Category Archives: ANDROID & SMART PHONES

Linux TCP flaw lets ‘anyone’ hijack Internet traffic

What began as an attempt to secure TCP/IP in Linux resulted in an enabling an attack vector that can be used to break, or even hijack, Internet connections between Linux and Android systems.

cyber-security-locks image www.intelagencies.com

Some days you can’t win for losing. In 2012, Linux implemented a new TCP/IP networking standard, RFC 5961, Improving TCP’s Robustness to Blind In-Window Attacks, to improve security. In the process, they opened up a heretofore unknown security hole. Ironically, other operating systems that lagged in implementing this new “security” mechanism — such as FreeBSD, macOS, and Windows — are immune to this new attack vector.

The latest network attack can be used against any Linux to Linux Internet connection.

This is potentially a big deal because it can be used to break, or even hijack, Internet connections between Linux and Android systems. So, for example, if an Android smartphone connected to USA Today, the connection could be interrupted. The same attack, however, would fail if it were made on a link between a Windows PC and USA Today.

The problem exists in any operating system running Linux kernel 3.6 or newer. Linux 3.6 was introduced in 2012. The vulnerability allows an attacker from anywhere on the Internet to search for connections between a client and a server. Once such a network connection is found, the attacker can invade it, cause connection termination, and perform data injection attacks.

How bad is it? The discoverers say that the attack is fast and reliable, takes less than a minute, and works about 90 percent of the time.

According to University of California at Riverside (UCR) researchers, the Linux TCP/IP security hole can be used by attackers in a variety of ways: Hackers can hijack users’ internet communications remotely, launch targeted attacks that track users’ online activity, forcibly terminate a communication, hijack a conversation between hosts, or degrade the privacy guarantee of anonymity networks such as Tor.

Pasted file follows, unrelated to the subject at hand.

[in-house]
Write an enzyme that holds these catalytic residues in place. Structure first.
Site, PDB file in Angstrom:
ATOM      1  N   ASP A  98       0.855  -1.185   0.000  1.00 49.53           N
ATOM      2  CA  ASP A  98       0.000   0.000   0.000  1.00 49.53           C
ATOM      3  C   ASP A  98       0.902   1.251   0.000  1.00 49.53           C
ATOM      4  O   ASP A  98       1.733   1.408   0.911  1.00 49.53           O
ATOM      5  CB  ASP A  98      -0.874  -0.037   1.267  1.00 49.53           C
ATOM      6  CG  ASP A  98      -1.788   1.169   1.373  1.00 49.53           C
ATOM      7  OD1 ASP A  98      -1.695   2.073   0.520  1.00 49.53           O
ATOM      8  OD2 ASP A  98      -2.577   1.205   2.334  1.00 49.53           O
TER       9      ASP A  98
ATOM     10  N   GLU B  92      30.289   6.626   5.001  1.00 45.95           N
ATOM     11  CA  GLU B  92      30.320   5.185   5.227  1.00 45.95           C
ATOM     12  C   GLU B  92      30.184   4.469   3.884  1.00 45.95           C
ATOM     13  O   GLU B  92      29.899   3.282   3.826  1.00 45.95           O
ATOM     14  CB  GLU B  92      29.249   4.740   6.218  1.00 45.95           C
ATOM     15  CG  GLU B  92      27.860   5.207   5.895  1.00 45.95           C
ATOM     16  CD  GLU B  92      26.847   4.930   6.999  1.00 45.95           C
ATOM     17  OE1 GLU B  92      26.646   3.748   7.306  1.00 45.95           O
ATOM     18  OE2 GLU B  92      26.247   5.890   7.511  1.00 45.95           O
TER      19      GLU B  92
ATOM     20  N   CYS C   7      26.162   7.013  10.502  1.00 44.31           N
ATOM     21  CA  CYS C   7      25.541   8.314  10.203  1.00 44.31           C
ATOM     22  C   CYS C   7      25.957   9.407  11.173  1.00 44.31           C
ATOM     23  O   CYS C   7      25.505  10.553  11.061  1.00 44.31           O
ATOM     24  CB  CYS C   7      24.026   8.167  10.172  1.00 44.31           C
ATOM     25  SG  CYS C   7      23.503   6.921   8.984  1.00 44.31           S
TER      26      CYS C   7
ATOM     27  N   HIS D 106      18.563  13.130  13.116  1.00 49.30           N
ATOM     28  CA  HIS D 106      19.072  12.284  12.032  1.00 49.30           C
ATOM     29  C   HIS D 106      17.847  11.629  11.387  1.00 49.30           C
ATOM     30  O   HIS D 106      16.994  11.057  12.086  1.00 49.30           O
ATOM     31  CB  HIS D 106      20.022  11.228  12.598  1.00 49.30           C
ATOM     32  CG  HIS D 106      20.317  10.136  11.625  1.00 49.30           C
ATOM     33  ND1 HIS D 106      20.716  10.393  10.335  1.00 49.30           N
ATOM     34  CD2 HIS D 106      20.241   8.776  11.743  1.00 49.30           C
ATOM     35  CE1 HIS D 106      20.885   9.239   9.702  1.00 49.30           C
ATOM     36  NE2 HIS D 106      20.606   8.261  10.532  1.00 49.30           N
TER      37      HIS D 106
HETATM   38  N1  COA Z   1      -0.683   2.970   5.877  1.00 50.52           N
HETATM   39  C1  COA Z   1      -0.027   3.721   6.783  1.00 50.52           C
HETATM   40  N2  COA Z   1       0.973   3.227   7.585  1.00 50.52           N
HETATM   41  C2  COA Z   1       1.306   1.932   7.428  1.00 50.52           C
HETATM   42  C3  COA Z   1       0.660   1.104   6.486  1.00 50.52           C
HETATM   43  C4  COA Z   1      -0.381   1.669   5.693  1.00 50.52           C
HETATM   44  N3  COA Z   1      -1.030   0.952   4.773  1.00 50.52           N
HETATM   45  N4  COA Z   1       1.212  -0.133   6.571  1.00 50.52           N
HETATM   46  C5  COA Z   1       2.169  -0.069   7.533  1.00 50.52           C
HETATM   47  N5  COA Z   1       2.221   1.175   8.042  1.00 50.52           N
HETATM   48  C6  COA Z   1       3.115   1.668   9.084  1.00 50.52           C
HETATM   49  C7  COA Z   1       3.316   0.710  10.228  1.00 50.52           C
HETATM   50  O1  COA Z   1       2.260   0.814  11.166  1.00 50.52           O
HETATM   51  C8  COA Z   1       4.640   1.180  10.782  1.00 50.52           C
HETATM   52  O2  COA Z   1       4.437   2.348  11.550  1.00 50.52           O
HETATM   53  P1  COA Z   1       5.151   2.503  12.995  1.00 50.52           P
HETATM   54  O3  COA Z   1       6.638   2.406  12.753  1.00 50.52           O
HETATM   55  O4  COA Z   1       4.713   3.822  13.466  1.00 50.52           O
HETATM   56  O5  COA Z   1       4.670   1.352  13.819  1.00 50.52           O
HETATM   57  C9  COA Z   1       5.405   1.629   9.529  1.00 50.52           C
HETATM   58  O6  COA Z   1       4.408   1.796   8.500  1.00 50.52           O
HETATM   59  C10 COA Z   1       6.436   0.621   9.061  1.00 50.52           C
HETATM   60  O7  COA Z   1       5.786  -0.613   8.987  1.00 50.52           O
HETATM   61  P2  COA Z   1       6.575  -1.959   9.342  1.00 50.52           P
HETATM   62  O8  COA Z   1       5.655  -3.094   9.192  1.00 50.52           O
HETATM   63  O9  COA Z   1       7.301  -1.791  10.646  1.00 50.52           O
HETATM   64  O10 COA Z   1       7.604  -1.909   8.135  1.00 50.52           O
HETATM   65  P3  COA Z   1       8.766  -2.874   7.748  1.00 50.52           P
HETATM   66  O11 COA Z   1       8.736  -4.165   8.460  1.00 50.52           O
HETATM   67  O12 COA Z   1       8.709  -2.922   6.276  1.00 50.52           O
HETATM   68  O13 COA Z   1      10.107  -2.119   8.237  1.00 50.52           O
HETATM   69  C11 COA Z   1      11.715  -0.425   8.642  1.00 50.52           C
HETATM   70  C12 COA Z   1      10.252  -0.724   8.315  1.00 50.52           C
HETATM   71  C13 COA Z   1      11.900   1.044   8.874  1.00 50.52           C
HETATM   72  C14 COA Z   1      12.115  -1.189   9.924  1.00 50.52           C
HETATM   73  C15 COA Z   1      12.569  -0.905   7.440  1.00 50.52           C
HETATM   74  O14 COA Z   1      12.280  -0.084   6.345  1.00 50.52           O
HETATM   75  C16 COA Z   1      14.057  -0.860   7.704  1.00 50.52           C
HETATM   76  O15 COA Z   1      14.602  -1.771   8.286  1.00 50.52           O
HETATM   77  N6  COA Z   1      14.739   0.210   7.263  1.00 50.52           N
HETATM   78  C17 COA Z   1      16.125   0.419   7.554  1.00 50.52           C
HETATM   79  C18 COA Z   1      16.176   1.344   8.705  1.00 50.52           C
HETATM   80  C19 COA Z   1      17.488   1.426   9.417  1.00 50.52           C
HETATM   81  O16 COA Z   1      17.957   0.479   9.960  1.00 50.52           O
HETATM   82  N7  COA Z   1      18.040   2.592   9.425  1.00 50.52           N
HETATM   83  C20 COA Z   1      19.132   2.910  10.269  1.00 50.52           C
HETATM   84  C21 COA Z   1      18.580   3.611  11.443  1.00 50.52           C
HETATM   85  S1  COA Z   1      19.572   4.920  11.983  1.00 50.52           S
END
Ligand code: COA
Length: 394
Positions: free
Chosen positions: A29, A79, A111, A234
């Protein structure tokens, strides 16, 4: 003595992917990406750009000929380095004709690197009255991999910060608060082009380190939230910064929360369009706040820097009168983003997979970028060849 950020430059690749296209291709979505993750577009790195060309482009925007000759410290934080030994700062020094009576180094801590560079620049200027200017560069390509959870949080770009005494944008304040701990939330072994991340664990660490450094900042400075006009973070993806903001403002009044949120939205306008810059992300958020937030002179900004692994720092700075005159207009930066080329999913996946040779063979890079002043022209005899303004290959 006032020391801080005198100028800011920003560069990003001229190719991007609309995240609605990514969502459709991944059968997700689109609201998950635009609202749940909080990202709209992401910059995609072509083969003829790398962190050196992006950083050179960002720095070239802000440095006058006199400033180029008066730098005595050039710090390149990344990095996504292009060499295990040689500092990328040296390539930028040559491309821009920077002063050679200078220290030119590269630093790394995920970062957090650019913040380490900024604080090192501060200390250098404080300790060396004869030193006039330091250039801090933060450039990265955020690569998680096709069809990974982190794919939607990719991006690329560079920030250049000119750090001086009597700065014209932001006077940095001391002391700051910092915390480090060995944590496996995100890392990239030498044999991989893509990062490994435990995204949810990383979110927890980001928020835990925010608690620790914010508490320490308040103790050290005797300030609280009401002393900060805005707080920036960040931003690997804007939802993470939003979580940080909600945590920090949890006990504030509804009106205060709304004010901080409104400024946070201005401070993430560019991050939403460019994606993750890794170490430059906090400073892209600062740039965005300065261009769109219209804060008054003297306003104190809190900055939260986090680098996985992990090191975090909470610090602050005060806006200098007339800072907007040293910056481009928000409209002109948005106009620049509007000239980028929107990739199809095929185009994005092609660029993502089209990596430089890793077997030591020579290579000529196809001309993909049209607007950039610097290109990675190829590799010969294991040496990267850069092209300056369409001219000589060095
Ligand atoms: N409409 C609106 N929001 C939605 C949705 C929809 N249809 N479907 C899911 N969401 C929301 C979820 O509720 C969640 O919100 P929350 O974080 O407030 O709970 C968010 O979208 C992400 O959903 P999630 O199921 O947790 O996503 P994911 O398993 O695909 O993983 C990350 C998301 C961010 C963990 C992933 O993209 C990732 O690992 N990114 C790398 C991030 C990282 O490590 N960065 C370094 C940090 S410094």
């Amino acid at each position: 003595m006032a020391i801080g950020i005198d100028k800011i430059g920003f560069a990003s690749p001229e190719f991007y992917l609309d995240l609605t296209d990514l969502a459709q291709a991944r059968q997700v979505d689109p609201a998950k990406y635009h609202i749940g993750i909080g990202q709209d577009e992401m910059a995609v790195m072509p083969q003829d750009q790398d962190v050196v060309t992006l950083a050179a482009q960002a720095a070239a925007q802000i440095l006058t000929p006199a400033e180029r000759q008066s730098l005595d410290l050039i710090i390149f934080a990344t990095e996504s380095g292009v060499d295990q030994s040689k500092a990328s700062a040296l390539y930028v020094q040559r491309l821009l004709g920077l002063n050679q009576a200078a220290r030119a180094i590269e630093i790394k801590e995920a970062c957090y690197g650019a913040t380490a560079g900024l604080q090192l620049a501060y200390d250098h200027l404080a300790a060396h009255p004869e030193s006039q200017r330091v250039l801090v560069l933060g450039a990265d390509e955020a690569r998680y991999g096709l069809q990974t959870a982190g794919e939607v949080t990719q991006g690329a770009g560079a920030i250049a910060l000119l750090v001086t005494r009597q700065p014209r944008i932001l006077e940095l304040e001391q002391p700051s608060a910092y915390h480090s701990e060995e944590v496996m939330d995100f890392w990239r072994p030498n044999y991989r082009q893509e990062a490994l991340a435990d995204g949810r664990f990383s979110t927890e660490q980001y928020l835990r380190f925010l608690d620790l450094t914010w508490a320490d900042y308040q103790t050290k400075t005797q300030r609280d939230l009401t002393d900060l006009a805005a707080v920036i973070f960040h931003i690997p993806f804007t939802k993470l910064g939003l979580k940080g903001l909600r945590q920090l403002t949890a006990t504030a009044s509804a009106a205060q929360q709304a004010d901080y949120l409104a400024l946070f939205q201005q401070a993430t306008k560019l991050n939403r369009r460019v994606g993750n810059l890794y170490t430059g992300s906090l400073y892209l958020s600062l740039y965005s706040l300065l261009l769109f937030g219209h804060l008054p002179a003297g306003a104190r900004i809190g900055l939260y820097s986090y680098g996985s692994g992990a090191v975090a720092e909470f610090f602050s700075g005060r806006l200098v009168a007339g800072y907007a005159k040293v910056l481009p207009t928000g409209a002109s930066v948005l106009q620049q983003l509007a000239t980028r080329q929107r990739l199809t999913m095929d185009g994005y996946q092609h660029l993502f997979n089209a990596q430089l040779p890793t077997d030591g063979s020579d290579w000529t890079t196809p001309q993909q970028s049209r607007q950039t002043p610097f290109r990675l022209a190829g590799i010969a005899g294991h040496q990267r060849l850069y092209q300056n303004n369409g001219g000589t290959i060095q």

“The unique aspect of the attack we demonstrated is the very low requirement to be able to carry it out,” said Zhiyun Qian, an UCR assistant professor of computer science. “Essentially, it can be done easily by anyone in the world where an attack machine is in a network that allows IP spoofing. The only piece of information that is needed is the pair of IP addresses for victim client and server, which is fairly easy to obtain.”

Adding insult to injury, Qian added, “unlike conventional cyber attacks, users could become victims without doing anything wrong, such as downloading malware or clicking on a link in a phishing email.”

Worse still, the attack vector can be used even against secure connections. While this doesn’t give an attacker the ability to read the encrypted data, it can be used to break a connection or to track who is talking to whom. Against Tor and other anonymizers, an attacker could reset a network connection to force a connection to route through an already hacked relay.

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Henry Sapiecha

How to crack Android encryption on millions of smartphones

Qualcomm is working on a fix, but it might not be possible

hacker-in-golden-tech images www.intelagencies.com

Android’s full disk encryption can be broken with brute force and some patience — and there might not be a full fix available for today’s handsets.

This week, Security researcher Gal Beniamini revealed in a detailed step-by-step guide how it is possible to strip away the encryption protections on smartphones powered by Qualcomm Snapdragon processors, which means millions of mobile devices could be vulnerable to attack.

Android’s Full Disk Encryption (FDE), first implemented in Android 5.0, randomly generates a 128-bit master key and 128-bit salt to protect user data. The master key, also known as the Device Encryption Key (DEK), is protected by encryption based on the user’s credentials, whether this is a PIN, password, or touchscreen pattern.

The now-encrypted DEK is then stored on the device.

In order to prevent successful brute-force attacks against this process, Android introduced delays between decryption attempts and data wipes after a number of failed attempts (in the same way as Apple). To prevent off-device, brute-force attacks, the key is bound to the device’s hardware — and this is where a security flaw in Qualcomm systems has caused a problem.

The binding is performed through Android’s Hardware-Backed Keystore, called KeyMaster. The module runs in a Trusted Execution Environment (TEE), which is considered the “secure world”, while the Android OS is considered the “non-secure world”.

The reasoning behind that is KeyMaster can be used to generate encryption keys and perform cryptographic functions without revealing this information in the main operating system

android-keymaster-sketch image www.intelagencies.com